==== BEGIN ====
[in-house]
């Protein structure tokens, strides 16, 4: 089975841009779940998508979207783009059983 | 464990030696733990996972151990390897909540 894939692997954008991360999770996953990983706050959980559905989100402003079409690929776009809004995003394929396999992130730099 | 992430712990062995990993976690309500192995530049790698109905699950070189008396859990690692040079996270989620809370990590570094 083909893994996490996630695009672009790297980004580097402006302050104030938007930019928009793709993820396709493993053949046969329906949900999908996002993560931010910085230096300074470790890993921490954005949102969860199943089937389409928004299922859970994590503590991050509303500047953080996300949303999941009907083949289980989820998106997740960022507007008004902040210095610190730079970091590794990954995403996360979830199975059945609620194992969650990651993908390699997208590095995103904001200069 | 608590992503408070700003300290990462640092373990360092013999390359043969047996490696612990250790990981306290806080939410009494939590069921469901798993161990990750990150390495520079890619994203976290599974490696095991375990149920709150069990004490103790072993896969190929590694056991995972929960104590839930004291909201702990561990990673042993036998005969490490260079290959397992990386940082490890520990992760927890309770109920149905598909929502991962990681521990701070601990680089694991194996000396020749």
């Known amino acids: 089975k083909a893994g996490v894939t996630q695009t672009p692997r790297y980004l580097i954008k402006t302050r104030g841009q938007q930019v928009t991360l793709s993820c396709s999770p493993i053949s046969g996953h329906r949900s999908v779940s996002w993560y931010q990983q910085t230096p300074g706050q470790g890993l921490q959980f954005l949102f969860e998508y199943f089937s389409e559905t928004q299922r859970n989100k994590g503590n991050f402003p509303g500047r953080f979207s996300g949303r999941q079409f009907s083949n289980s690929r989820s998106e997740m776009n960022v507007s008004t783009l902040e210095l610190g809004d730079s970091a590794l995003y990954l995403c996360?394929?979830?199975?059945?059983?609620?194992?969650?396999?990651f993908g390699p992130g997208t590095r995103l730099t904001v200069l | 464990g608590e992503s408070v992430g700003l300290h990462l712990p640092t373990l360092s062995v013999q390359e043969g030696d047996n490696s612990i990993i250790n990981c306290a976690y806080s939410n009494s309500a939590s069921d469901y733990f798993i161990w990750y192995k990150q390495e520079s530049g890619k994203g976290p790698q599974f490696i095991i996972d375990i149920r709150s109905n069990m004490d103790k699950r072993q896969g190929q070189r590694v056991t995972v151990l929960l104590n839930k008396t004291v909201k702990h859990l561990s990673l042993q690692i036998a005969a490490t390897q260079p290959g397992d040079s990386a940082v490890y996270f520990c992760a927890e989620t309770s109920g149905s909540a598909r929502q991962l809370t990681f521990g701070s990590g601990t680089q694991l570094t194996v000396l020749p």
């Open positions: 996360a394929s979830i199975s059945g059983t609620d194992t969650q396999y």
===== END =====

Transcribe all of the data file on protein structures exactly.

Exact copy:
[in-house]
């Protein structure tokens, strides 16, 4: 089975841009779940998508979207783009059983 | 464990030696733990996972151990390897909540 894939692997954008991360999770996953990983706050959980559905989100402003079409690929776009809004995003394929396999992130730099 | 992430712990062995990993976690309500192995530049790698109905699950070189008396859990690692040079996270989620809370990590570094 083909893994996490996630695009672009790297980004580097402006302050104030938007930019928009793709993820396709493993053949046969329906949900999908996002993560931010910085230096300074470790890993921490954005949102969860199943089937389409928004299922859970994590503590991050509303500047953080996300949303999941009907083949289980989820998106997740960022507007008004902040210095610190730079970091590794990954995403996360979830199975059945609620194992969650990651993908390699997208590095995103904001200069 | 608590992503408070700003300290990462640092373990360092013999390359043969047996490696612990250790990981306290806080939410009494939590069921469901798993161990990750990150390495520079890619994203976290599974490696095991375990149920709150069990004490103790072993896969190929590694056991995972929960104590839930004291909201702990561990990673042993036998005969490490260079290959397992990386940082490890520990992760927890309770109920149905598909929502991962990681521990701070601990680089694991194996000396020749």
């Known amino acids: 089975k083909a893994g996490v894939t996630q695009t672009p692997r790297y980004l580097i954008k402006t302050r104030g841009q938007q930019v928009t991360l793709s993820c396709s999770p493993i053949s046969g996953h329906r949900s999908v779940s996002w993560y931010q990983q910085t230096p300074g706050q470790g890993l921490q959980f954005l949102f969860e998508y199943f089937s389409e559905t928004q299922r859970n989100k994590g503590n991050f402003p509303g500047r953080f979207s996300g949303r999941q079409f009907s083949n289980s690929r989820s998106e997740m776009n960022v507007s008004t783009l902040e210095l610190g809004d730079s970091a590794l995003y990954l995403c996360?394929?979830?199975?059945?059983?609620?194992?969650?396999?990651f993908g390699p992130g997208t590095r995103l730099t904001v200069l | 464990g608590e992503s408070v992430g700003l300290h990462l712990p640092t373990l360092s062995v013999q390359e043969g030696d047996n490696s612990i990993i250790n990981c306290a976690y806080s939410n009494s309500a939590s069921d469901y733990f798993i161990w990750y192995k990150q390495e520079s530049g890619k994203g976290p790698q599974f490696i095991i996972d375990i149920r709150s109905n069990m004490d103790k699950r072993q896969g190929q070189r590694v056991t995972v151990l929960l104590n839930k008396t004291v909201k702990h859990l561990s990673l042993q690692i036998a005969a490490t390897q260079p290959g397992d040079s990386a940082v490890y996270f520990c992760a927890e989620t309770s109920g149905s909540a598909r929502q991962l809370t990681f521990g701070s990590g601990t680089q694991l570094t194996v000396l020749p």
């Open positions: 996360a394929s979830i199975s059945g059983t609620d194992t969650q396999y």